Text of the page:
Like any prophet of God, the greatest danger Isaiah faced was compromise. He had been commissioned by God to speak truth and deliver what would be a very unpopular message to a very stubborn people. They were not going to accept what he had to say and he would find himself facing intense opposition. Isaiah would soon discover that he was a lone voice, crying in the spiritual wilderness of the city of Jerusalem. So, God warns him “not to walk in the way of this people” (Isaiah 8:11 ESV). He had been called to walk a different path. But he would face the constant temptation to soften the message given to him by God in order to find acceptance among the people. If he was not careful, he would end up telling them what they wanted to hear, rather than what God had told him to say. And God was very specific in His warning to Isaiah.

“Don’t call everything a conspiracy, like they do,
    and don’t live in dread of what frightens them.” – Isaiah 8:12 NLT

The Hebrew word translated as “conspiracy” is qesher and can also refer to “an alliance.” But it refers particularly to an unlawful alliance. If you recall, there had been an alliance made between the northern kingdom of Israel and the Syrians. These two nations had joined forces with the intention of conquering Judah. In their fear, the people of Judah, under the leadership of Ahaz, had made their own alliance with the Assyrians. Rather than trust God, they had chosen to put their hopes in a pagan nation. And God has already warned Ahaz that his unlawful alliance would prove to be disastrous.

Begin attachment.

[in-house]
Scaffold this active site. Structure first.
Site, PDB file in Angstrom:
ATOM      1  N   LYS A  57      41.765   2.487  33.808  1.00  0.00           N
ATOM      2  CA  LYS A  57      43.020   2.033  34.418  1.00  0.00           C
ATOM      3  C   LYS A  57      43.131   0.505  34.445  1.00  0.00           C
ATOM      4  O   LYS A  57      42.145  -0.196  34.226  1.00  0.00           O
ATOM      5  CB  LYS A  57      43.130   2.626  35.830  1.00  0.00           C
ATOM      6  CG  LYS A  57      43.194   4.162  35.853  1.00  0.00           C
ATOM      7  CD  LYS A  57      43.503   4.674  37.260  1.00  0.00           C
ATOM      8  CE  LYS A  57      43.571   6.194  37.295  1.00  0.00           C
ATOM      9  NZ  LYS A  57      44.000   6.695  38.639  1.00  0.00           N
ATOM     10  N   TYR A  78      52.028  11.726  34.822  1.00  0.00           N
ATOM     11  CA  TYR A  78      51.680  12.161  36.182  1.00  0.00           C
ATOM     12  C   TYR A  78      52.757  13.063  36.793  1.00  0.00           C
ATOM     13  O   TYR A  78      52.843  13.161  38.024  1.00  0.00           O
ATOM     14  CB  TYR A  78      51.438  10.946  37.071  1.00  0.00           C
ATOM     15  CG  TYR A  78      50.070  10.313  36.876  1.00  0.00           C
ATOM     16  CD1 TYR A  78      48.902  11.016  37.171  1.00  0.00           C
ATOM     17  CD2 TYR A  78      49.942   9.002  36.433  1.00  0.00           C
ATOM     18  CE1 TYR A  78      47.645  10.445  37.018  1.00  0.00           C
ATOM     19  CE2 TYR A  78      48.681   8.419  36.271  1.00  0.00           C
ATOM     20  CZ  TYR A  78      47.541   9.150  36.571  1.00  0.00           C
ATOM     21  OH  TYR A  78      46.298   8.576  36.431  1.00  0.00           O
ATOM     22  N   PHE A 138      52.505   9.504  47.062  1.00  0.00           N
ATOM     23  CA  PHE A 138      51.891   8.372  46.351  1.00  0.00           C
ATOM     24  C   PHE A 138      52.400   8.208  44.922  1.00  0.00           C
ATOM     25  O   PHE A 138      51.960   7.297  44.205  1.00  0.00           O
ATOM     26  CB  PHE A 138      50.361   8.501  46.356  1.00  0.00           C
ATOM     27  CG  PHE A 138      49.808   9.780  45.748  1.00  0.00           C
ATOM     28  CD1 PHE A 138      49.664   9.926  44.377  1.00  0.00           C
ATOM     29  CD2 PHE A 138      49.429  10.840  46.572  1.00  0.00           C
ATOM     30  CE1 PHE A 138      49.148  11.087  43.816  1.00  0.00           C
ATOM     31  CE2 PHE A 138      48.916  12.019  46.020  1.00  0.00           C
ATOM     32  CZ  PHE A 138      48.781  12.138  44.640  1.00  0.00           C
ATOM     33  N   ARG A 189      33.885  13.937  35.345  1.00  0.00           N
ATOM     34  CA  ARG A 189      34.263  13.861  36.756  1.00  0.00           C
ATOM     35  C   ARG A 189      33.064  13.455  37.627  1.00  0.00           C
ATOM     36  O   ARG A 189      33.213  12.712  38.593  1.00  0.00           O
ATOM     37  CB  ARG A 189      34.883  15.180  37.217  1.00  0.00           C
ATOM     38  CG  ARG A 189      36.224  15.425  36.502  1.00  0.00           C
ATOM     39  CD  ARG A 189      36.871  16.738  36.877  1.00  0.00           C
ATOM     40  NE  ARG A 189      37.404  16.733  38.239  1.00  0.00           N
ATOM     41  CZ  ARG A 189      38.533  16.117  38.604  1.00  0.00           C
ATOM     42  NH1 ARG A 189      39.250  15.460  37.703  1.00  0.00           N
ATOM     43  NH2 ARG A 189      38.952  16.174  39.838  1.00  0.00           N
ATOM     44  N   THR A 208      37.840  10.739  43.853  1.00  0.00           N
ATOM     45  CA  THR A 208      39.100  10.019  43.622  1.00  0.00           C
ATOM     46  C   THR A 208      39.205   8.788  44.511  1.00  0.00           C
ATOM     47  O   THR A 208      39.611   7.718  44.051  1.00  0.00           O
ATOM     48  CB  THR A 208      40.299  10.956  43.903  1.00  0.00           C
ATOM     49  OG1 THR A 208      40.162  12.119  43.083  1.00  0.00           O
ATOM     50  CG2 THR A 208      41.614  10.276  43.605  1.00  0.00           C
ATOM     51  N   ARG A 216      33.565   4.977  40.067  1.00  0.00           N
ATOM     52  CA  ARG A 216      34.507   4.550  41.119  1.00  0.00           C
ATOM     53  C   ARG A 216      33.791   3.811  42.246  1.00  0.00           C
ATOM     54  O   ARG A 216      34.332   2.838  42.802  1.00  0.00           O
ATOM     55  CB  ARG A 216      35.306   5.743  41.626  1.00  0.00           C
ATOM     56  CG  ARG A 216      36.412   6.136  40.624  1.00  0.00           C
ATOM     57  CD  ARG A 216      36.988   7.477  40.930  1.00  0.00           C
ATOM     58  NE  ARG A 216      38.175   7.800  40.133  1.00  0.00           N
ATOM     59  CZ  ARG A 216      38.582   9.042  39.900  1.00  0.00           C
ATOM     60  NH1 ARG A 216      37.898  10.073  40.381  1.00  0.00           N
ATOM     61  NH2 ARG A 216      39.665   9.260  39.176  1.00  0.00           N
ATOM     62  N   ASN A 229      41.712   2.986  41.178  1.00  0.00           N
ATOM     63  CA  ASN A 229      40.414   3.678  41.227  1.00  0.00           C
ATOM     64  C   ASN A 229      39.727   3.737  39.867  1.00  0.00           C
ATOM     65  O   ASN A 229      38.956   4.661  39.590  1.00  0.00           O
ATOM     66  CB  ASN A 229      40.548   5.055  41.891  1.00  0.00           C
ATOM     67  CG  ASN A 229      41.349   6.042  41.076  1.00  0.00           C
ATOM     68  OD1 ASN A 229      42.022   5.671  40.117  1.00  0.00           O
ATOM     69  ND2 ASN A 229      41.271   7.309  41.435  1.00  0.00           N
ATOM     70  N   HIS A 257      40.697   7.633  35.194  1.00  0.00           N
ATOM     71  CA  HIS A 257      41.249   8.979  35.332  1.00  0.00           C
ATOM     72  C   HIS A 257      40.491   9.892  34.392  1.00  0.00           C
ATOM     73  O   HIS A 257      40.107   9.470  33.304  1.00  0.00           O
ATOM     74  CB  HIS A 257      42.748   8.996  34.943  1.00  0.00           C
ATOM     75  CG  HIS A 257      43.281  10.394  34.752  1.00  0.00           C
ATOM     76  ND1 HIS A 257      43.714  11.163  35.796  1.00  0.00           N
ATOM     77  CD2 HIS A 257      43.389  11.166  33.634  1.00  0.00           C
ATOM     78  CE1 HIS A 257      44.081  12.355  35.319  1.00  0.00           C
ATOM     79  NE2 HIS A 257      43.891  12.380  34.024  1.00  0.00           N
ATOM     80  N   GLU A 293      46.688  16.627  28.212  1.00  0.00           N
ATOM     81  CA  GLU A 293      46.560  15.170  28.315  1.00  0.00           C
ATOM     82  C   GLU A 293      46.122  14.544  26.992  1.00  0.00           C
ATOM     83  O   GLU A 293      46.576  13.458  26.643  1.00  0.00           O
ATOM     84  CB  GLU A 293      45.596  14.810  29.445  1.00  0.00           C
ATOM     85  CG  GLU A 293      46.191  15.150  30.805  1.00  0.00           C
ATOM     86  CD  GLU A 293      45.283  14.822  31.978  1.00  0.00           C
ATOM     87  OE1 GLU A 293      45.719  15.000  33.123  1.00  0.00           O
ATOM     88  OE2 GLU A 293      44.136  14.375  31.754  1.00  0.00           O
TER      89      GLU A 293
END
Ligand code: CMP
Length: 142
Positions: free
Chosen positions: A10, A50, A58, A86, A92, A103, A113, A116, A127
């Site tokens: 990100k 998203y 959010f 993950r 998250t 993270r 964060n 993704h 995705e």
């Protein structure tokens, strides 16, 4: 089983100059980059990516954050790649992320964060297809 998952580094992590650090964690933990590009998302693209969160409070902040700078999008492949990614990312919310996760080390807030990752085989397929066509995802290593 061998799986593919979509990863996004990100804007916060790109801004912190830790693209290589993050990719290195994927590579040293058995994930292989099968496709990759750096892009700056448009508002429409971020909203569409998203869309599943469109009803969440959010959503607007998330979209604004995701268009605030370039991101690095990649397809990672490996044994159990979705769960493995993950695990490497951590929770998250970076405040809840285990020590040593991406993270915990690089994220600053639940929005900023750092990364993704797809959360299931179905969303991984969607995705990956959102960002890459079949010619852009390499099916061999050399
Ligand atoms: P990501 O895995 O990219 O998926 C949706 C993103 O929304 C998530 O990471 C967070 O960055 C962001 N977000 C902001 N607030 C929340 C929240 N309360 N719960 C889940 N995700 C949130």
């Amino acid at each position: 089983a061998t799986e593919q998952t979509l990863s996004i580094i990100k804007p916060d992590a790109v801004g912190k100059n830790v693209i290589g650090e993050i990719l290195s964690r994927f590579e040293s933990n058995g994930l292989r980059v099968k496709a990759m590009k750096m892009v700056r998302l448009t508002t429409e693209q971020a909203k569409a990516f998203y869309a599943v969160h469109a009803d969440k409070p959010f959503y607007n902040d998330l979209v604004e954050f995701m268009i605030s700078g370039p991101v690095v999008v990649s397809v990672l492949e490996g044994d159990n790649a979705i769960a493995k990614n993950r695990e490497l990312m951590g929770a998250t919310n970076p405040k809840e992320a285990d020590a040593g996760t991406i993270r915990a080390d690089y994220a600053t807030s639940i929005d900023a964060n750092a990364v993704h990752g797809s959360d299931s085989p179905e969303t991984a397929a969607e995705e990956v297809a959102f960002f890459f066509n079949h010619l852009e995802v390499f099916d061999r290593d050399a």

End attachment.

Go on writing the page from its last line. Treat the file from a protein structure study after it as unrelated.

Now God is warning Isaiah not to allow fear to cloud his thinking. He is not to see things the way the people do. Their fear of Israel and Syria was driving their behavior and influencing their decision making. And they had determined that the only solution to their problem was an unlawful alliance with Assyria. If Isaiah was not careful, he could easily find himself swayed by the fears of the people and placing his hope in something or someone other than God. But God strongly warns Isaiah not to let this happen.